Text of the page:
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Mount Etna - Italy
Article by Jessica Ball
|Mount Etna in Eruption at Night|
Mount Etna night eruption: A night photo of Mount Etna producing an eruption of glowing ejecta in 2008. These spectacular eruptions can be seen from many parts of Sicily. Image copyright iStockphoto / Frizi.
Mount Etna: Introduction
Mount Etna is the highest and most active volcano in Europe. Towering above the city of Catania on the island of Sicily, it has been growing for about 500,000 years and is in the midst of a series of eruptions that began in 2013.
Etna has displayed a variety of eruption styles, including violent explosions and voluminous lava flows. More than 25% of Sicily's population lives on Etna's slopes, and it is the main source of income for the island, both from agriculture (due to the rich volcanic soil) and tourism.
Where is Mount Etna? Map showing the location of Mount Etna on the east coast of Sicily. Map by Geology.com and MapResources.
Table of Contents
|Mount Etna: New Record Elevation|
New Elevation Record: A map showing the location of a new record elevation of Mount Etna - on the rim of the southeastern crater. Map by the National Institute for Geophysics and Volcanology. Nearby Volcanoes: Stromboli, Vesuvius
Mount Etna: New Record Elevation
In August 2021, The National Institute for Geophysics and Volcanology in Catania, Italy, reported that a series of about 50 small eruptions in early 2021 added about 100 feet to the elevation of Mount Etna. View announcement.
Accumulations of lava and pyroclastic materials produced by these eruptions made a location on the rim of the southeastern crater the highest point on the volcano. The new elevation of 11,013 feet (3357 meters) is the volcano's highest determined elevation in recorded history.
|Simplified plate tectonics cross section|
Simplified plate tectonics cross section showing how Mount Etna is located above a subduction zone formed where the Eurasian and African plates collide. In this subduction zone, a window has torn in the subducting slab.
Mt. Etna: A view of snowcapped Mount Etna. Image copyright iStockphoto / Domenico Pellegriti.
Mount Etna: Plate Tectonic Setting
Mount Etna is associated with the subduction of the African plate under the Eurasian plate, which also produced Vesuvius and Campi Flegrei, but is part of a different volcanic arc (the Calabrian rather than Campanian). A number of theories have been proposed to explain Etna's location and eruptive history, including rifting processes, a hot spot, and intersection of structural breaks in the crust. Scientists are still debating which best fits their data, and are using a variety of methods to build a better image of the Earth's crust below the volcano.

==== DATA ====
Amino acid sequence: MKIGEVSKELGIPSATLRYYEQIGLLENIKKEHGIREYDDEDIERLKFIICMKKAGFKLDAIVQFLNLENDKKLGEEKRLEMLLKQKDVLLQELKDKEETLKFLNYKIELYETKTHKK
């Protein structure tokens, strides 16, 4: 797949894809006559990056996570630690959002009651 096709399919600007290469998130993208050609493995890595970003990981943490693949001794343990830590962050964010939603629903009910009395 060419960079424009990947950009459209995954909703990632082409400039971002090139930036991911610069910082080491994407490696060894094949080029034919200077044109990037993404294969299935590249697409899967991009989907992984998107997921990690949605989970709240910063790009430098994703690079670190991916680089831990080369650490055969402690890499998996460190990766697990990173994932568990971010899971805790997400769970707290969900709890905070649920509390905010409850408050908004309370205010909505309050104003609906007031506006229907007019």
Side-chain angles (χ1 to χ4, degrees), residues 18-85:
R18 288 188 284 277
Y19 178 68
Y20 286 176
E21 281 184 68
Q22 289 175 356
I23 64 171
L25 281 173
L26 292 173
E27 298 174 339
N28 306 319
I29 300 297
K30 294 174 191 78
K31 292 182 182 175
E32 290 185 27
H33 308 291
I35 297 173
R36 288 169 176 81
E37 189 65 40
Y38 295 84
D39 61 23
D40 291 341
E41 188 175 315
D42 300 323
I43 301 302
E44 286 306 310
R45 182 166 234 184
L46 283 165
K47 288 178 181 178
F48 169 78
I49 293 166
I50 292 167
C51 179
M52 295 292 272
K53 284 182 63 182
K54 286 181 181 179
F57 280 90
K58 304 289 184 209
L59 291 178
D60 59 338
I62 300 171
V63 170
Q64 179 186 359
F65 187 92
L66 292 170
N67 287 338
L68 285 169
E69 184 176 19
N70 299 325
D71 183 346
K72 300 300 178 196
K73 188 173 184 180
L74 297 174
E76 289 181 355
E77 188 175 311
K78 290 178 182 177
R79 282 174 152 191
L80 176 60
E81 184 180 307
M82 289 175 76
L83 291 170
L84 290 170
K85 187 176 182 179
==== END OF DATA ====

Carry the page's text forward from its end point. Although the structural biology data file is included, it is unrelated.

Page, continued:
VEI: The Most Explosive Volcanic Eruptions
|Ruins: House buried by Etna|
Ruins of a small house partially buried by volcanic debris from Mount Etna. Image copyright iStockphoto / Peeter Viisimaa.
-- In 122 BC, when an explosive eruption rained so much ash and lapilli onto the town of Catania that many of its buildings were destroyed by roof collapses, the town's inhabitants were exempted from paying taxes to Rome for ten years.
-- There have been two attempts to control the path of lava flows threatening to destroy the town of Catania. The first was in 1669, and the second was in 1992. During the 1992 attempt, the United States Marines worked with Italian volcanologists to develop "Operation Volcano Buster", in which they used explosives to blast a hole in a lava tunnel on Etna's flank and then dropped large blocks of concrete into the hole to try and stem the flow of the lava. Like the 1669 attempt, however, this plan was ultimately unsuccessful.
Mount Etna Geology and Hazards
Mount Etna consists of two edifices: an ancient shield volcano at its base, and the younger Mongibello stratovolcano, which was built on top of the shield. The basaltic shield volcano eruptions began about 500,000 years ago, while the stratovolcano began forming about 35,000 years ago from more trachytic lavas. The volcano's slopes currently host several large calderas which formed when the roofs of magma chambers collapsed inward, including the east-facing, horseshoe-shaped Valle de Bove.
Etna's current activity consists of continuous summit degassing, explosive Strombolian eruptions, and frequent basaltic lava flows. Ash clouds from the explosive eruptions are especially hazardous to aircraft, since ash that is pulled into a jet engine can melt, coat moving parts with a layer of glass, and cause the engine to shut down. These dangerous ash clouds are often visible from space.